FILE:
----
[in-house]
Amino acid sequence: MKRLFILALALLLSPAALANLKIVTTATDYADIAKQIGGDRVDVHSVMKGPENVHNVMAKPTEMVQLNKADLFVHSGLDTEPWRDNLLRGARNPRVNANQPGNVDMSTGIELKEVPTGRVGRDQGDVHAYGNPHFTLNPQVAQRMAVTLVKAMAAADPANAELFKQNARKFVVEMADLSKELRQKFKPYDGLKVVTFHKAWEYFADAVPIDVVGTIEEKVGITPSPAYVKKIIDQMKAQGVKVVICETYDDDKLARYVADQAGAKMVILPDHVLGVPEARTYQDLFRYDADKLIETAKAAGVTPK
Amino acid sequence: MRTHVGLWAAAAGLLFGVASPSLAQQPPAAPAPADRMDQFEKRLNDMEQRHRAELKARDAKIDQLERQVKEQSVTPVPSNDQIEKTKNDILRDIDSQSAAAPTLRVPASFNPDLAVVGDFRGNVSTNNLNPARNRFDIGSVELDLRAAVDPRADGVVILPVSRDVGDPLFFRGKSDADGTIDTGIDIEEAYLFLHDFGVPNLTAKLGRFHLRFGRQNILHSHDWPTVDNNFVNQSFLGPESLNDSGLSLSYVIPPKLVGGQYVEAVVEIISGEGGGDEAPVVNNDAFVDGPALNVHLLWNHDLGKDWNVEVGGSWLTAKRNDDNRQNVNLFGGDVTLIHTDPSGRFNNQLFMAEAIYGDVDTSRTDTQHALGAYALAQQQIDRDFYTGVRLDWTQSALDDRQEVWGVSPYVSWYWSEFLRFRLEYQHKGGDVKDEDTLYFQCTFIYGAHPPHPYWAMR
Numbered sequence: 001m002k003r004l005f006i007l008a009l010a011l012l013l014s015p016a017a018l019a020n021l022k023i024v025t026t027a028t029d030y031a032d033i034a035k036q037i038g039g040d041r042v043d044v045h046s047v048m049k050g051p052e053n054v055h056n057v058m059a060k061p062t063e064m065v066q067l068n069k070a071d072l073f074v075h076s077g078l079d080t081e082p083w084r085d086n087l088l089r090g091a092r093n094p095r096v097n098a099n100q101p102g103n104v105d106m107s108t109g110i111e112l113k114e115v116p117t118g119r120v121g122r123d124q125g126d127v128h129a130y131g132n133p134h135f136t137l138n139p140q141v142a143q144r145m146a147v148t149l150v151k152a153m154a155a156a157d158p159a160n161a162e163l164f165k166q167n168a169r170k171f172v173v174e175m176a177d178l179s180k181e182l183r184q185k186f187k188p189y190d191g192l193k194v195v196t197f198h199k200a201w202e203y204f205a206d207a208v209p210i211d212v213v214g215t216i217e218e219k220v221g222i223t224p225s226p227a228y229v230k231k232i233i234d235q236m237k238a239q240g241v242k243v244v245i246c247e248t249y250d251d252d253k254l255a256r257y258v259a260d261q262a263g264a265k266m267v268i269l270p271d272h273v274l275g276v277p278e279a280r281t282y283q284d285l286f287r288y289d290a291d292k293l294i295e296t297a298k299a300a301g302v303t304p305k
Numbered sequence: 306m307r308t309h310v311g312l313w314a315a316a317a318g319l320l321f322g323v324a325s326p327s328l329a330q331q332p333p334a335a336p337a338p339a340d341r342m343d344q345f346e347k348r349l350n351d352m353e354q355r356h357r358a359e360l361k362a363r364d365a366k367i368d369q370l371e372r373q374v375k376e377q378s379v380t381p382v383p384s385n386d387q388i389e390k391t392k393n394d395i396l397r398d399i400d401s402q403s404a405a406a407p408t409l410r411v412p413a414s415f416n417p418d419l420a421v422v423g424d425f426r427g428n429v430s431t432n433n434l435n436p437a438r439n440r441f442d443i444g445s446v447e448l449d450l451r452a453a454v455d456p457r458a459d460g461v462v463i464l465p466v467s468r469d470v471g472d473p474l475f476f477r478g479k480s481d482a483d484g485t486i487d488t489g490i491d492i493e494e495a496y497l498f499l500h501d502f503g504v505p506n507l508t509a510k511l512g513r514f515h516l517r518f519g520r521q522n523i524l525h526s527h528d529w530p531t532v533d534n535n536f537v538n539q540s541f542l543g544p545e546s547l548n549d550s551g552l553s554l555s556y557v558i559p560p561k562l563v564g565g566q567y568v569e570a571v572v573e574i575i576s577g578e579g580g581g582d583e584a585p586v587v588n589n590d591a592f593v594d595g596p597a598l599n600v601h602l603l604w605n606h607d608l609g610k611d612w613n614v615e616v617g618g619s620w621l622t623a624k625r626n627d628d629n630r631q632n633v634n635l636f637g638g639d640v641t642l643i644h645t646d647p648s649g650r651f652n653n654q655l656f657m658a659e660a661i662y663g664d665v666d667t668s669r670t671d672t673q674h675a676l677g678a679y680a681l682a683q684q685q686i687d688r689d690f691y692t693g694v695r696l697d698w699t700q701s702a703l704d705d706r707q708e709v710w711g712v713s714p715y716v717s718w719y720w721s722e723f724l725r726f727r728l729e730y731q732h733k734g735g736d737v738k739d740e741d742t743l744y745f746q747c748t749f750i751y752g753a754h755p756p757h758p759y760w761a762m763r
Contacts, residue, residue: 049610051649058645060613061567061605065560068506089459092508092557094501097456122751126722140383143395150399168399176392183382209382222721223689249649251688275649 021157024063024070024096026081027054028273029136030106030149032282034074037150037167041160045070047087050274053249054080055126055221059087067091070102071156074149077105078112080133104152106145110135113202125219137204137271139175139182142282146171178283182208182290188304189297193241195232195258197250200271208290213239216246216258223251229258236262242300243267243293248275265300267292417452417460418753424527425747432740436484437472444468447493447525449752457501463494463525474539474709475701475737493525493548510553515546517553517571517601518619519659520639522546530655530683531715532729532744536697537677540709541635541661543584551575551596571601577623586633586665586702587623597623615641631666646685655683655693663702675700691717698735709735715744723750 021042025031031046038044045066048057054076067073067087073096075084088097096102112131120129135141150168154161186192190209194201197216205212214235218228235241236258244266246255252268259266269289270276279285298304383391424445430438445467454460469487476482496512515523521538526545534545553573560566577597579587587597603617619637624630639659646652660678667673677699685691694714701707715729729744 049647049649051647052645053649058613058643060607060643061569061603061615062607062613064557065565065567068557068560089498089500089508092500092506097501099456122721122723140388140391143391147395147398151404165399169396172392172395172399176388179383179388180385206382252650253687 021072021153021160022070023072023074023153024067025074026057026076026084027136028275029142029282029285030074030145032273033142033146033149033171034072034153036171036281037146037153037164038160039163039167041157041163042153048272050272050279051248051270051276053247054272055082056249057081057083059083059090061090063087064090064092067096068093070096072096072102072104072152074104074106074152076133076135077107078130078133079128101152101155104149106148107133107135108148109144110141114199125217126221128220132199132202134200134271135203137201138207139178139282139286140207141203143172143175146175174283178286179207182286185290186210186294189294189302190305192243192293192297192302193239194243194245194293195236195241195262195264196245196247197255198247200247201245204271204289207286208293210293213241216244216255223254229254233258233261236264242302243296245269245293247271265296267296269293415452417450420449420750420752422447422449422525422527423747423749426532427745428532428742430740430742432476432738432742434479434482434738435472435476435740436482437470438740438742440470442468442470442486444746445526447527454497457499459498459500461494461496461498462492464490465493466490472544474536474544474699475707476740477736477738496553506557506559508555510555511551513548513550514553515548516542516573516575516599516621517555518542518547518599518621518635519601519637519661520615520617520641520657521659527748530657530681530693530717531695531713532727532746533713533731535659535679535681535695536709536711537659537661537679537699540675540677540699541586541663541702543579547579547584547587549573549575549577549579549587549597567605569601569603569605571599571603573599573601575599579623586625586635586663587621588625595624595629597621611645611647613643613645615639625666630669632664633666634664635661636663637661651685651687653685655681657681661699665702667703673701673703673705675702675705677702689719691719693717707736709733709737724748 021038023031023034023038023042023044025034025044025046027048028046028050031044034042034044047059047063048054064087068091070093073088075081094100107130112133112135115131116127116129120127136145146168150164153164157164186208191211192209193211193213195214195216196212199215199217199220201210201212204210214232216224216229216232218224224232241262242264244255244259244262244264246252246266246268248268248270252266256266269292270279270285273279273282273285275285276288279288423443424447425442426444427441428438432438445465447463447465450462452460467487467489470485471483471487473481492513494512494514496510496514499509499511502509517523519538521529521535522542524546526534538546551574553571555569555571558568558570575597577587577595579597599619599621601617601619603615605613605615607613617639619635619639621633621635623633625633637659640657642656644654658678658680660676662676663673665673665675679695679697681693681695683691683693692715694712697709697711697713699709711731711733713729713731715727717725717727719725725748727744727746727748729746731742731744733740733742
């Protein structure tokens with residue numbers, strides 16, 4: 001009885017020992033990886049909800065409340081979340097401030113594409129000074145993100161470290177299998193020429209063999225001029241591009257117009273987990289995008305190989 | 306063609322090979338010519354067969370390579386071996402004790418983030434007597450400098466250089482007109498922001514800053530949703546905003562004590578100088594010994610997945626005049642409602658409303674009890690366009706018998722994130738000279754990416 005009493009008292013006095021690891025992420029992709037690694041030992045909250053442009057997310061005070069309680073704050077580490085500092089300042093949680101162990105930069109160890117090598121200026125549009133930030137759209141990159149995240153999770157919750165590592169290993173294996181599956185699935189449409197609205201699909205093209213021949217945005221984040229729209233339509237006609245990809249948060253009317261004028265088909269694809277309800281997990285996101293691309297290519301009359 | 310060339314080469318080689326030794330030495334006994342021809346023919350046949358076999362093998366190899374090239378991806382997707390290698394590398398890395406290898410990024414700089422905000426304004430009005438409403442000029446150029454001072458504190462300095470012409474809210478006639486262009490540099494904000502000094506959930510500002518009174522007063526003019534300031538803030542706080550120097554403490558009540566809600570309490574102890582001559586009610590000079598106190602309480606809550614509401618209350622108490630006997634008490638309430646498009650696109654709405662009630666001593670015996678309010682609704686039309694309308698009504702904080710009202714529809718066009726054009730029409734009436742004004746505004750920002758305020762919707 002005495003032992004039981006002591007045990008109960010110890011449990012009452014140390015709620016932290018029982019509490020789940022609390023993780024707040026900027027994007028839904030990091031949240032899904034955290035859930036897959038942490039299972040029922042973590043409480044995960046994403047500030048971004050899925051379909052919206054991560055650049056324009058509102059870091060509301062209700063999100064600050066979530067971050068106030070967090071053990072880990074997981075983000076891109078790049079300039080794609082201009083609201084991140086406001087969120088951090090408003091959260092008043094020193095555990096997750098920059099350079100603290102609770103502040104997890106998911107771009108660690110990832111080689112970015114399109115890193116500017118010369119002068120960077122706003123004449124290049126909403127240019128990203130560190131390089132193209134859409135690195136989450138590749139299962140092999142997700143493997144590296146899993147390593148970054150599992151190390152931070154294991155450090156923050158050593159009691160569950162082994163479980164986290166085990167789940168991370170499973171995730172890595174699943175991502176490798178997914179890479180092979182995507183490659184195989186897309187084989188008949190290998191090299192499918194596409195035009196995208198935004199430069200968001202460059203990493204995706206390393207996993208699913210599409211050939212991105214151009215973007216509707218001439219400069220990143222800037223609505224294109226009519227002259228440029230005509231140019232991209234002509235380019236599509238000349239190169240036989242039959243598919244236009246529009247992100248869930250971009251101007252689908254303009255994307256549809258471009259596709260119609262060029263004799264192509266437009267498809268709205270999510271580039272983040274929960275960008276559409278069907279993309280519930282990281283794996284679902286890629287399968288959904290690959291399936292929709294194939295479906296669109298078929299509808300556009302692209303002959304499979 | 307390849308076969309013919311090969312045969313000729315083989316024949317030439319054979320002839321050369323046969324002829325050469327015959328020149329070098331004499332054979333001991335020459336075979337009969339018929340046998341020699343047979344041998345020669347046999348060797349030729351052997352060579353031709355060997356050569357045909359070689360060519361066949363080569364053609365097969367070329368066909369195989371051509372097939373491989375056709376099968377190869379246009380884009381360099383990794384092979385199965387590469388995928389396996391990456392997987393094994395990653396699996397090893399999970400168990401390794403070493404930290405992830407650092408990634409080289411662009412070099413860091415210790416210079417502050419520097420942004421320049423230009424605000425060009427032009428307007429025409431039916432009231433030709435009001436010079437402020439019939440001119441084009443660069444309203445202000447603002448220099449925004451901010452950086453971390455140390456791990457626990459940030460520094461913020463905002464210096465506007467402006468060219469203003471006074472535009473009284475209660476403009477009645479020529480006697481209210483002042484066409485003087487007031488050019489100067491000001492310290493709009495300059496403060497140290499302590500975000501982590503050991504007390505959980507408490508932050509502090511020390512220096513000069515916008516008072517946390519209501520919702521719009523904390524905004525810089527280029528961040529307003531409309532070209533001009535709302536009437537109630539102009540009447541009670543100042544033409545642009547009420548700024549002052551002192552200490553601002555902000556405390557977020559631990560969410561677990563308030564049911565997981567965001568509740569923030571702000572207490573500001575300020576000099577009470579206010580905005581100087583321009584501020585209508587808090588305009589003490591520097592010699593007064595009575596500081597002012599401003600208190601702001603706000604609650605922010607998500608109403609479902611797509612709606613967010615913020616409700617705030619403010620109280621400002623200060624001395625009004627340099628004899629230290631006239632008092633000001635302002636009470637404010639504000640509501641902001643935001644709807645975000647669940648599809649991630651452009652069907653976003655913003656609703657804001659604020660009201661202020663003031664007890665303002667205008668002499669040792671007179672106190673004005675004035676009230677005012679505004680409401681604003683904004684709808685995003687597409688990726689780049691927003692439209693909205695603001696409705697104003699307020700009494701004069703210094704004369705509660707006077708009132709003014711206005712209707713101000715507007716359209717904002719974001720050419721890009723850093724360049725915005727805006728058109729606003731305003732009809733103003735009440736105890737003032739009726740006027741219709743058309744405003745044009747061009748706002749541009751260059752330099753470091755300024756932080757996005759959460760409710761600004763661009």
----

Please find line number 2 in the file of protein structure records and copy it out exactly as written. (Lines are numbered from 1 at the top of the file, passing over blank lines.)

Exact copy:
Amino acid sequence: MKRLFILALALLLSPAALANLKIVTTATDYADIAKQIGGDRVDVHSVMKGPENVHNVMAKPTEMVQLNKADLFVHSGLDTEPWRDNLLRGARNPRVNANQPGNVDMSTGIELKEVPTGRVGRDQGDVHAYGNPHFTLNPQVAQRMAVTLVKAMAAADPANAELFKQNARKFVVEMADLSKELRQKFKPYDGLKVVTFHKAWEYFADAVPIDVVGTIEEKVGITPSPAYVKKIIDQMKAQGVKVVICETYDDDKLARYVADQAGAKMVILPDHVLGVPEARTYQDLFRYDADKLIETAKAAGVTPK